The Syrian Civil War, which is in its seventh year, has entered into a dangerous new phase. Thanks to a large invasion force consisting of the Turkish Army and their Syrian allies, the Kurdish stronghold of Afrin in northwestern Syria has fallen. Prior to this military defeat, the Syrian Democratic Forces, a Kurdish-Arab-Turkmen-Assyrian militia supported by the United States, had vowed to stop fighting ISIS in order to halt the Turkish incursion.

Recent footage from Afrin shows Turkish-backed militiamen (collectively known as the TFSA, or Turkish-backed Free Syrian Army) removing the Kurdistan flag from Afrin's city center.

In its stead, these troops raised the green, black, white, and red flag of the Free Syria movement. According to international observers, the two-month-long battle to take Afrin caused approximately 280 civilian casualties. Turkish President Recep Tayyip Erdogan celebrated the capture of Afrin by saying "Most of the terrorists [Kurdish fighters with the SDF] have already fled with their tails between their legs."

For the U.S. and other members of NATO, Turkey's active involvement in the Syrian Civil War is terrible for three reasons. On the one hand, the war between Turks and Kurds is a battle between two U.S. and NATO allies. On the other hand, Turkey's support for the Free Syrian Army means that the Syrian Civil War, which once looked like it was entering its endgame, will continue.

Finally, the war between the TFSA and the SDF is giving ISIS time to recoup after years of almost endless defeats.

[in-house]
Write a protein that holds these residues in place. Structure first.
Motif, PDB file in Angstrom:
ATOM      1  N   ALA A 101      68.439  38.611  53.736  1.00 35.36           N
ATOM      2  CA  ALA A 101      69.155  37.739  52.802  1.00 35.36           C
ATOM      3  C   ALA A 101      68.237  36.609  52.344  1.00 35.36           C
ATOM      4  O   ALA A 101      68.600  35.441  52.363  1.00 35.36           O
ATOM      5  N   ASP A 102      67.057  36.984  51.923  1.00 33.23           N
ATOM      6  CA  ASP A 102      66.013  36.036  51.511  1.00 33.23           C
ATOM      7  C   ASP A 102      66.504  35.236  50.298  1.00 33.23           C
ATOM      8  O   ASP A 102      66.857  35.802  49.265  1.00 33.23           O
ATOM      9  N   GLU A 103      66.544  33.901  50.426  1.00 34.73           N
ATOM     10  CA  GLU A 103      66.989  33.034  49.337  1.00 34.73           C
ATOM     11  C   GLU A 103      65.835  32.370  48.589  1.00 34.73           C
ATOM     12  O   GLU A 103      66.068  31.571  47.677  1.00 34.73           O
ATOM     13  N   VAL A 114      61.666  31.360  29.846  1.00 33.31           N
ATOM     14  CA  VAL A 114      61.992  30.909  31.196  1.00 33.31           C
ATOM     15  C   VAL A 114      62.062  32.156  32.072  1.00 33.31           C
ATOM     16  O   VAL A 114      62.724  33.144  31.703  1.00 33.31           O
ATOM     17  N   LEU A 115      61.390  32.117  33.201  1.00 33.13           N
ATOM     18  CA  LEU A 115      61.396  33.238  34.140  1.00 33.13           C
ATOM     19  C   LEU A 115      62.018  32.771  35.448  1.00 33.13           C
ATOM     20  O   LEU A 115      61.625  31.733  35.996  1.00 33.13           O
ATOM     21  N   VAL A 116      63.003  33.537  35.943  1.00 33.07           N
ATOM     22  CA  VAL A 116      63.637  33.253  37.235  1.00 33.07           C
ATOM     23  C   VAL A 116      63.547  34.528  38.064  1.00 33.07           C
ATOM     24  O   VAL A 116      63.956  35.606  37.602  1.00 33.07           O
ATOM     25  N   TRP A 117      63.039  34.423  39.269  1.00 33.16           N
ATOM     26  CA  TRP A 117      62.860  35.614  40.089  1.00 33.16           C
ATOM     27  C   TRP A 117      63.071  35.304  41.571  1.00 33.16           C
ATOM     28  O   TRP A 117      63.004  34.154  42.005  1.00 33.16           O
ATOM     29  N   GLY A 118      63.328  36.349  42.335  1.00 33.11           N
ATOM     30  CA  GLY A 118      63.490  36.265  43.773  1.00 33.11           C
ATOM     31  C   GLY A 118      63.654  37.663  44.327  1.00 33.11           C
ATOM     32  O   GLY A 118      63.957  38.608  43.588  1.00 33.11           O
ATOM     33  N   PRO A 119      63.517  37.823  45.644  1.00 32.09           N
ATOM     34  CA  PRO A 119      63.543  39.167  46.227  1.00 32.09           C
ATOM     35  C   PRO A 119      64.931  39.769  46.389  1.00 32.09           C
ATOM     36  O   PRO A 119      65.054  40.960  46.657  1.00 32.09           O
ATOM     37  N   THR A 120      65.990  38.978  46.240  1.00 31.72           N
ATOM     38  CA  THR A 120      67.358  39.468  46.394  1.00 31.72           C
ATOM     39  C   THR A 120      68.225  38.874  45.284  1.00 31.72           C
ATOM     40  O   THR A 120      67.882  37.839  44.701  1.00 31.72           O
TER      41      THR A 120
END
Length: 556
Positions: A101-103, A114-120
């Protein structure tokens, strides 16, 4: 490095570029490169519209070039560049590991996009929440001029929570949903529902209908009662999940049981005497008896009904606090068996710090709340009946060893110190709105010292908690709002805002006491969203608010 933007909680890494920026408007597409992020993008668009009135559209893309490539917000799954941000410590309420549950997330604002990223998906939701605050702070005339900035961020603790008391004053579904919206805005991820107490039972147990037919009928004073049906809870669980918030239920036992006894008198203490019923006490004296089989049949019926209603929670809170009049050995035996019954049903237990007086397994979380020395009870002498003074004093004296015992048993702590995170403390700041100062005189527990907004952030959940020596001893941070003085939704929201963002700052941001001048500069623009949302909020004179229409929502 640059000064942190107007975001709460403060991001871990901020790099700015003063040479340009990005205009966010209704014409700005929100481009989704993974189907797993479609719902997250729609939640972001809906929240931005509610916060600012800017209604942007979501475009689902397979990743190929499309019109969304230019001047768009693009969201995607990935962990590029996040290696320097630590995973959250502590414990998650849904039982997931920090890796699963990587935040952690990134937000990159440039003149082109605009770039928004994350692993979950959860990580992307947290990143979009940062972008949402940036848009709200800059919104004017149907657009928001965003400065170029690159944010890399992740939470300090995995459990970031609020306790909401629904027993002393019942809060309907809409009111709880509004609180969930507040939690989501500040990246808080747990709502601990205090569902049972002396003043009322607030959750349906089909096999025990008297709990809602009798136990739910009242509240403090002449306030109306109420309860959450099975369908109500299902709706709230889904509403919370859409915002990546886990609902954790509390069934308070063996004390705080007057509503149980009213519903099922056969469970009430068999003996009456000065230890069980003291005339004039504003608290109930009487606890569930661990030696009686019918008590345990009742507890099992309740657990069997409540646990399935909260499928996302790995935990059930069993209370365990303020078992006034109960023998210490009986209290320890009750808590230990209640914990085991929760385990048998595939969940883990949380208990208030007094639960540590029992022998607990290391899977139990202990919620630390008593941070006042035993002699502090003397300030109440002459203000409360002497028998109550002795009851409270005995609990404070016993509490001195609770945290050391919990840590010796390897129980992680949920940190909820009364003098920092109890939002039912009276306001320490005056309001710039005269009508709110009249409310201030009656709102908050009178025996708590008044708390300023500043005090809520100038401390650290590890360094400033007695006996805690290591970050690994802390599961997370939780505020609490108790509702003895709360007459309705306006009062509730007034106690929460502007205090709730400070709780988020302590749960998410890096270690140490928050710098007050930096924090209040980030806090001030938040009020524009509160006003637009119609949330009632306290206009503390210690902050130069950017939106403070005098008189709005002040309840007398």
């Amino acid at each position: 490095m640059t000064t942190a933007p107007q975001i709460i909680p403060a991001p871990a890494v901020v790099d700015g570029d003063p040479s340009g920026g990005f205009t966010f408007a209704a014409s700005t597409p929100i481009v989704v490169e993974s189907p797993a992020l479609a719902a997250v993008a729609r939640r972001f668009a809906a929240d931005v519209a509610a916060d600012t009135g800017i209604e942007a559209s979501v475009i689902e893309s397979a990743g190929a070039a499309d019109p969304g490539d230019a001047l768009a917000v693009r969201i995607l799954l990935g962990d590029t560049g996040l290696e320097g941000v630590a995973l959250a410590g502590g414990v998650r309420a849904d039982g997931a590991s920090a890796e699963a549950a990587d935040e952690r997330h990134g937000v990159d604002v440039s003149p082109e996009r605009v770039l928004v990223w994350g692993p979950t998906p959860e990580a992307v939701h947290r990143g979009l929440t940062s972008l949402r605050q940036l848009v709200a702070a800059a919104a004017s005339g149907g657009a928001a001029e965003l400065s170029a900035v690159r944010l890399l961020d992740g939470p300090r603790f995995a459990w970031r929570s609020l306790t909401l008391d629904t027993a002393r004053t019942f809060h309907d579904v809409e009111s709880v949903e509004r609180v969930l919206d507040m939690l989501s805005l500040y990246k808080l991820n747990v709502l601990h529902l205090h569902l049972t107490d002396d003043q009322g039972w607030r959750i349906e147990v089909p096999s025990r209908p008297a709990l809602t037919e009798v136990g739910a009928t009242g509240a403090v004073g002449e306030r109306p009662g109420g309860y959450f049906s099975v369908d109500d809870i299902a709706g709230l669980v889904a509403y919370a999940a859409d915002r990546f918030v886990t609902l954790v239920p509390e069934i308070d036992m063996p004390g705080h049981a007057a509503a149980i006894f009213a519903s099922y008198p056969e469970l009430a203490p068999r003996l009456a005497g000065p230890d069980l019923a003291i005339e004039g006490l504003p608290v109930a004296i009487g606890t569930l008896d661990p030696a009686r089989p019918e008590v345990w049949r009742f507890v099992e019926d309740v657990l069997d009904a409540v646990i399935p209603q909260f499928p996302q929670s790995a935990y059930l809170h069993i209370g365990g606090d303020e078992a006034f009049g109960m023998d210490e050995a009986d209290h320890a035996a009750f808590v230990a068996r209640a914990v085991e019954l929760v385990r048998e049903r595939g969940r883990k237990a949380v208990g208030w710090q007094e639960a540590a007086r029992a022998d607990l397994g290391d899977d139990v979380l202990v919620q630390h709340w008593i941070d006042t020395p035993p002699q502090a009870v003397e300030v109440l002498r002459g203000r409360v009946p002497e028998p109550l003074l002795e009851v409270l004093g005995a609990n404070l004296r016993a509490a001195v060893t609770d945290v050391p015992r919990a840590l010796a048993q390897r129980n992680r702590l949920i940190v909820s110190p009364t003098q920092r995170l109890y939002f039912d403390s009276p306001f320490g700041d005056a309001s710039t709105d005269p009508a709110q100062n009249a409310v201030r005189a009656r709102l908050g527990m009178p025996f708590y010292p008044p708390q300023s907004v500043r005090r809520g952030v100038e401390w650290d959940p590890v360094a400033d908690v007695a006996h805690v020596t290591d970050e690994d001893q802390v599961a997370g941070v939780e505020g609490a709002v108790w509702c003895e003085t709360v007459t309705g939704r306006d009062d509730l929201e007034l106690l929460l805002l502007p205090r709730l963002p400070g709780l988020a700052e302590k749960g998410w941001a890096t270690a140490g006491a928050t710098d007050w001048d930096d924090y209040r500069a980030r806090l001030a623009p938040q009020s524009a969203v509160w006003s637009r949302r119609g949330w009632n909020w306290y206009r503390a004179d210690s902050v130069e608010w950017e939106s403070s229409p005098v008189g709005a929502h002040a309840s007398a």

As Turkish power increases in Afrin and other villages in northern Syria, international aid agencies have warned that Syria's Kurdish and Christian populations are growing increasingly fearful of persecution.

Indeed, according to Voice of America, minority groups, including the Druze and Yazidi, fear that those Sunni Muslim militias that support the Turkish Army could help to bring back elements of ISIS and al-Qaeda to Afrin. If that happens, then a repeat of ISIS' genocidal campaigns in 2014 could happen.

For Syria's Kurds, they are well aware of the Turkish Republic's long-standing war against Kurdish insurgents within Turkey itself.

This war, which began all the way back in 1978, has claimed over 50,000 lives. Ankara frequently cites this ongoing war, plus the fact that the SDF includes elements of Kurdish political groups which are officially labeled as terrorist organizations in Turkey, as one of the reasons for their involvement in Syria. Thwarting an independent or autonomous Rojava (the name for Kurdish Syria) on its southern border is also one of Turkey's key aims.

The 'Great Game' plays again

Another issue at play in Afrin is the strained relationship between Russia and Turkey. Moscow is one of the largest backers of Syrian President Bashar al-Assad, whose army is currently involved in serious operations against the Free Syrian Army and its allies.

Moscow has also given aid to several Kurdish militias. In 2015, a Turkmen militia supported by Turkey shot down a Russian Sukhoi Su-24M fighter jet, thus pushing the two powers to the brink of war. The murder of Russian ambassador Andrei Karlov by Turkish Islamist Mevlut Mert Altintas also further chilled relations between the two nations.

Now, it appears that Turkey is less inclined to go to war against Assad, which means that Russia has played a minimal role in the Afrin offensive so far. It remains to be seen how the U.S. will respond. China might be dragged in as well, for several factions in the TFSA are Uighur militias who have declared war on Beijing for its oppression of Uighur Muslims in the province of Xinjiang. Knowing this, Iraqi Kurdistan is trying to build a stronger relationship with China as a bulwark against Turkish and Russian interference.